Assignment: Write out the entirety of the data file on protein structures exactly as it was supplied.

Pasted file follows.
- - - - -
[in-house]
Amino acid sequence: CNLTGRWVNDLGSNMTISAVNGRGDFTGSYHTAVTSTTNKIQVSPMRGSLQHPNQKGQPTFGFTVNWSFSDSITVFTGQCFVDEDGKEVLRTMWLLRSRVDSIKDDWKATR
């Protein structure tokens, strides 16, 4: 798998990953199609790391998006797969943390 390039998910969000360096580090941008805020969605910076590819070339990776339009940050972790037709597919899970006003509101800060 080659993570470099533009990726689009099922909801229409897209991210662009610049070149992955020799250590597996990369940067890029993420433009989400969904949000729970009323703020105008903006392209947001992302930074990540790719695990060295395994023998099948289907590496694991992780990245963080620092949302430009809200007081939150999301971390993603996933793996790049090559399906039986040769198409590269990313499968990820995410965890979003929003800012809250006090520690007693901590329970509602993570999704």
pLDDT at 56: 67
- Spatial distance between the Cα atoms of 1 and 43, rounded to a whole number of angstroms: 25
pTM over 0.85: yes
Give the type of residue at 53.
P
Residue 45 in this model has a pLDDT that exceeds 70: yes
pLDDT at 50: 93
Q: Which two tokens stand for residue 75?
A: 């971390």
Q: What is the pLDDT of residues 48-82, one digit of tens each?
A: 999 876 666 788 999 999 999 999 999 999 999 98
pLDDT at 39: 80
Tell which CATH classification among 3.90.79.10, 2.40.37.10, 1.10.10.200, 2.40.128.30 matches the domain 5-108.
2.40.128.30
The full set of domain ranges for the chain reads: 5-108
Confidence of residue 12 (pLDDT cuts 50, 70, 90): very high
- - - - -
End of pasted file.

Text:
[in-house]
Amino acid sequence: CNLTGRWVNDLGSNMTISAVNGRGDFTGSYHTAVTSTTNKIQVSPMRGSLQHPNQKGQPTFGFTVNWSFSDSITVFTGQCFVDEDGKEVLRTMWLLRSRVDSIKDDWKATR
């Protein structure tokens, strides 16, 4: 798998990953199609790391998006797969943390 390039998910969000360096580090941008805020969605910076590819070339990776339009940050972790037709597919899970006003509101800060 080659993570470099533009990726689009099922909801229409897209991210662009610049070149992955020799250590597996990369940067890029993420433009989400969904949000729970009323703020105008903006392209947001992302930074990540790719695990060295395994023998099948289907590496694991992780990245963080620092949302430009809200007081939150999301971390993603996933793996790049090559399906039986040769198409590269990313499968990820995410965890979003929003800012809250006090520690007693901590329970509602993570999704």
pLDDT at 56: 67
- Spatial distance between the Cα atoms of 1 and 43, rounded to a whole number of angstroms: 25
pTM over 0.85: yes
Give the type of residue at 53.
P
Residue 45 in this model has a pLDDT that exceeds 70: yes
pLDDT at 50: 93
Q: Which two tokens stand for residue 75?
A: 């971390």
Q: What is the pLDDT of residues 48-82, one digit of tens each?
A: 999 876 666 788 999 999 999 999 999 999 999 98
pLDDT at 39: 80
Tell which CATH classification among 3.90.79.10, 2.40.37.10, 1.10.10.200, 2.40.128.30 matches the domain 5-108.
2.40.128.30
The full set of domain ranges for the chain reads: 5-108
Confidence of residue 12 (pLDDT cuts 50, 70, 90): very high